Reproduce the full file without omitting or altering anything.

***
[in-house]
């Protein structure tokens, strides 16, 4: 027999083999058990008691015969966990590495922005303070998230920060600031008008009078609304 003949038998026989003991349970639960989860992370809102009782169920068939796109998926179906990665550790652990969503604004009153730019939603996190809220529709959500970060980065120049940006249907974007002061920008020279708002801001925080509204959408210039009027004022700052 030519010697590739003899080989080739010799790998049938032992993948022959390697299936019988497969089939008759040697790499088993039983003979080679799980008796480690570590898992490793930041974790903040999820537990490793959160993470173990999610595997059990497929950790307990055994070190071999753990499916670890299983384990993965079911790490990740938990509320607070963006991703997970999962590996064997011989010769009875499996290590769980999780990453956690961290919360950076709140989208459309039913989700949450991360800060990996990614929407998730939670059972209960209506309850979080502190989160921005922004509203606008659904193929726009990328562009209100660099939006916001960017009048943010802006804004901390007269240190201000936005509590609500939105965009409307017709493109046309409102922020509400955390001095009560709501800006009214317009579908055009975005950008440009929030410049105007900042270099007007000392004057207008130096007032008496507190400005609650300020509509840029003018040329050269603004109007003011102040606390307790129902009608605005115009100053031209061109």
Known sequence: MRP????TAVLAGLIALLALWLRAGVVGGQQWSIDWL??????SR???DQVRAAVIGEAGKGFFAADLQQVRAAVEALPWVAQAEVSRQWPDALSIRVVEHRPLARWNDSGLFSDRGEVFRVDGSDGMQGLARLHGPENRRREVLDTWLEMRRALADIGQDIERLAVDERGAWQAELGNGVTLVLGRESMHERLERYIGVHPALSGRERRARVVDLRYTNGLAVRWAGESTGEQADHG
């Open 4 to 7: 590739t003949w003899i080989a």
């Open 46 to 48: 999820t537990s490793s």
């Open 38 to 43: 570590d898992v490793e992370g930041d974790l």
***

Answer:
[in-house]
């Protein structure tokens, strides 16, 4: 027999083999058990008691015969966990590495922005303070998230920060600031008008009078609304 003949038998026989003991349970639960989860992370809102009782169920068939796109998926179906990665550790652990969503604004009153730019939603996190809220529709959500970060980065120049940006249907974007002061920008020279708002801001925080509204959408210039009027004022700052 030519010697590739003899080989080739010799790998049938032992993948022959390697299936019988497969089939008759040697790499088993039983003979080679799980008796480690570590898992490793930041974790903040999820537990490793959160993470173990999610595997059990497929950790307990055994070190071999753990499916670890299983384990993965079911790490990740938990509320607070963006991703997970999962590996064997011989010769009875499996290590769980999780990453956690961290919360950076709140989208459309039913989700949450991360800060990996990614929407998730939670059972209960209506309850979080502190989160921005922004509203606008659904193929726009990328562009209100660099939006916001960017009048943010802006804004901390007269240190201000936005509590609500939105965009409307017709493109046309409102922020509400955390001095009560709501800006009214317009579908055009975005950008440009929030410049105007900042270099007007000392004057207008130096007032008496507190400005609650300020509509840029003018040329050269603004109007003011102040606390307790129902009608605005115009100053031209061109």
Known sequence: MRP????TAVLAGLIALLALWLRAGVVGGQQWSIDWL??????SR???DQVRAAVIGEAGKGFFAADLQQVRAAVEALPWVAQAEVSRQWPDALSIRVVEHRPLARWNDSGLFSDRGEVFRVDGSDGMQGLARLHGPENRRREVLDTWLEMRRALADIGQDIERLAVDERGAWQAELGNGVTLVLGRESMHERLERYIGVHPALSGRERRARVVDLRYTNGLAVRWAGESTGEQADHG
């Open 4 to 7: 590739t003949w003899i080989a």
């Open 46 to 48: 999820t537990s490793s």
């Open 38 to 43: 570590d898992v490793e992370g930041d974790l």